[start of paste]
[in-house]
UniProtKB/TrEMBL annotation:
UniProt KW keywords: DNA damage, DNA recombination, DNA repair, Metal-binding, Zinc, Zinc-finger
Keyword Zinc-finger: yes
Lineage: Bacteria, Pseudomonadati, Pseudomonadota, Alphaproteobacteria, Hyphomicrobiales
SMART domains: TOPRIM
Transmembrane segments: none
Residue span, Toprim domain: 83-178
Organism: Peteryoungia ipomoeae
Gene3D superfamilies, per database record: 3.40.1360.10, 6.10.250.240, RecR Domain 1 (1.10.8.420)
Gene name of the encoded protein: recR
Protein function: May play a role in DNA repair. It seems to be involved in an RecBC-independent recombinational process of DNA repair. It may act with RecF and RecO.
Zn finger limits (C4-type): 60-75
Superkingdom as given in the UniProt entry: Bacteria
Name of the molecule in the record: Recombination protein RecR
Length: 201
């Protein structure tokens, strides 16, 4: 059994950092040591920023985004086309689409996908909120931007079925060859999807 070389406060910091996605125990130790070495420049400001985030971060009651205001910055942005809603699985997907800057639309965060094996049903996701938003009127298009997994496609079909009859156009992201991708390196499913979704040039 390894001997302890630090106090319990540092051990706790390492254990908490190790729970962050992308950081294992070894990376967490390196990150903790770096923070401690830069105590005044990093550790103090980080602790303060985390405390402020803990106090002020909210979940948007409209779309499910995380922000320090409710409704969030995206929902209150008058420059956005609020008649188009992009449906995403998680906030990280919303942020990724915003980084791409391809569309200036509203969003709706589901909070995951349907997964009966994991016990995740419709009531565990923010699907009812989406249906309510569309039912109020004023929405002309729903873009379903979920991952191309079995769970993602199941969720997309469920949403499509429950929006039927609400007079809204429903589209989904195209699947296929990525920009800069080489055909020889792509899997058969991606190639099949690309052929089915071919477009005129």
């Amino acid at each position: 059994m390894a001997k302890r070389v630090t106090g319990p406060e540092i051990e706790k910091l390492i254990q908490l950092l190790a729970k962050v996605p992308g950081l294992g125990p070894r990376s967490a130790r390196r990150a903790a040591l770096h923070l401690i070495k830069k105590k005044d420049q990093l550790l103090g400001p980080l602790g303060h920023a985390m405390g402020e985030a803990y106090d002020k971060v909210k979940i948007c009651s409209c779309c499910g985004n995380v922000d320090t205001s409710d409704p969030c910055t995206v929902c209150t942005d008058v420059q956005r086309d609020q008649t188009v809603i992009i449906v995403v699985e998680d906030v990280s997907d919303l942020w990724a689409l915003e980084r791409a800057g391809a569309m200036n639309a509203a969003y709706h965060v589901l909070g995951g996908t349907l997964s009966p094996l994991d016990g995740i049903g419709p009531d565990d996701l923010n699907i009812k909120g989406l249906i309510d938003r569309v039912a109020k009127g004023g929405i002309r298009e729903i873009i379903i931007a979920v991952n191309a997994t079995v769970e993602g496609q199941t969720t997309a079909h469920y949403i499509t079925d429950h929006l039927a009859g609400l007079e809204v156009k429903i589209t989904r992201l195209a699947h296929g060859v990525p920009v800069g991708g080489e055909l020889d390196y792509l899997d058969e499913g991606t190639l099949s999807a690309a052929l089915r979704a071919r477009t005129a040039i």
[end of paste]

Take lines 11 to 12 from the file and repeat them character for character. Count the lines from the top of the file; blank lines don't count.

Gene name of the encoded protein: recR
Protein function: May play a role in DNA repair. It seems to be involved in an RecBC-independent recombinational process of DNA repair. It may act with RecF and RecO.